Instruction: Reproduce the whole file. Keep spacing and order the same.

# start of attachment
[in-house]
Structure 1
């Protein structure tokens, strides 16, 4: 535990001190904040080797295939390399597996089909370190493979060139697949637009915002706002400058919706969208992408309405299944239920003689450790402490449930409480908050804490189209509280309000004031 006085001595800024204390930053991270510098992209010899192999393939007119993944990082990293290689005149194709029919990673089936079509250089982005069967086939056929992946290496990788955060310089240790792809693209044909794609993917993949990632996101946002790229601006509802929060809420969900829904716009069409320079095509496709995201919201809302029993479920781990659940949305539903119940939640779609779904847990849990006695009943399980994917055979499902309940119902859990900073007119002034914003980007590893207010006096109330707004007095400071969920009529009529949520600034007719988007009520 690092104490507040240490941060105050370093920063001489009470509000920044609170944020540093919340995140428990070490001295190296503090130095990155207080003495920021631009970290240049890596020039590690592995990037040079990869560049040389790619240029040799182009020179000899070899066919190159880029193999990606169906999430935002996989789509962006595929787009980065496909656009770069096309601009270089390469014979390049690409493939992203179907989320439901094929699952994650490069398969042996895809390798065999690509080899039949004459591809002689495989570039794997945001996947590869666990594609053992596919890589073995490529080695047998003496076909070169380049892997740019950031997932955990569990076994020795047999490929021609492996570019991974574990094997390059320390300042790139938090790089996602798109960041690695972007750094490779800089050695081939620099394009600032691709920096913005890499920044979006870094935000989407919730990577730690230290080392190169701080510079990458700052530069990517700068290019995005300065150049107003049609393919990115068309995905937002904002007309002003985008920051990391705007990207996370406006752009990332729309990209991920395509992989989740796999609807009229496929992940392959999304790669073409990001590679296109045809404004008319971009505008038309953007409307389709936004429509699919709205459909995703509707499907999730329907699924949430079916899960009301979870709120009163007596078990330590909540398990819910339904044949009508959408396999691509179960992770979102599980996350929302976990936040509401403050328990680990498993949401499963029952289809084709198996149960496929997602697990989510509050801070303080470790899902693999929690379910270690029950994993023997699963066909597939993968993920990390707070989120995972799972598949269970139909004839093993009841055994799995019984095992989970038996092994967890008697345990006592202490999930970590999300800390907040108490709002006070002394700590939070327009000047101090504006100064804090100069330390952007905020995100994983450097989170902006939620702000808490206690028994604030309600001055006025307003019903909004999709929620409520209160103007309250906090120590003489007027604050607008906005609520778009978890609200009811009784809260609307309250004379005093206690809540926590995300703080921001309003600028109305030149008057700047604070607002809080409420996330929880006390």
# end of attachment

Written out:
[in-house]
Structure 1
């Protein structure tokens, strides 16, 4: 535990001190904040080797295939390399597996089909370190493979060139697949637009915002706002400058919706969208992408309405299944239920003689450790402490449930409480908050804490189209509280309000004031 006085001595800024204390930053991270510098992209010899192999393939007119993944990082990293290689005149194709029919990673089936079509250089982005069967086939056929992946290496990788955060310089240790792809693209044909794609993917993949990632996101946002790229601006509802929060809420969900829904716009069409320079095509496709995201919201809302029993479920781990659940949305539903119940939640779609779904847990849990006695009943399980994917055979499902309940119902859990900073007119002034914003980007590893207010006096109330707004007095400071969920009529009529949520600034007719988007009520 690092104490507040240490941060105050370093920063001489009470509000920044609170944020540093919340995140428990070490001295190296503090130095990155207080003495920021631009970290240049890596020039590690592995990037040079990869560049040389790619240029040799182009020179000899070899066919190159880029193999990606169906999430935002996989789509962006595929787009980065496909656009770069096309601009270089390469014979390049690409493939992203179907989320439901094929699952994650490069398969042996895809390798065999690509080899039949004459591809002689495989570039794997945001996947590869666990594609053992596919890589073995490529080695047998003496076909070169380049892997740019950031997932955990569990076994020795047999490929021609492996570019991974574990094997390059320390300042790139938090790089996602798109960041690695972007750094490779800089050695081939620099394009600032691709920096913005890499920044979006870094935000989407919730990577730690230290080392190169701080510079990458700052530069990517700068290019995005300065150049107003049609393919990115068309995905937002904002007309002003985008920051990391705007990207996370406006752009990332729309990209991920395509992989989740796999609807009229496929992940392959999304790669073409990001590679296109045809404004008319971009505008038309953007409307389709936004429509699919709205459909995703509707499907999730329907699924949430079916899960009301979870709120009163007596078990330590909540398990819910339904044949009508959408396999691509179960992770979102599980996350929302976990936040509401403050328990680990498993949401499963029952289809084709198996149960496929997602697990989510509050801070303080470790899902693999929690379910270690029950994993023997699963066909597939993968993920990390707070989120995972799972598949269970139909004839093993009841055994799995019984095992989970038996092994967890008697345990006592202490999930970590999300800390907040108490709002006070002394700590939070327009000047101090504006100064804090100069330390952007905020995100994983450097989170902006939620702000808490206690028994604030309600001055006025307003019903909004999709929620409520209160103007309250906090120590003489007027604050607008906005609520778009978890609200009811009784809260609307309250004379005093206690809540926590995300703080921001309003600028109305030149008057700047604070607002809080409420996330929880006390």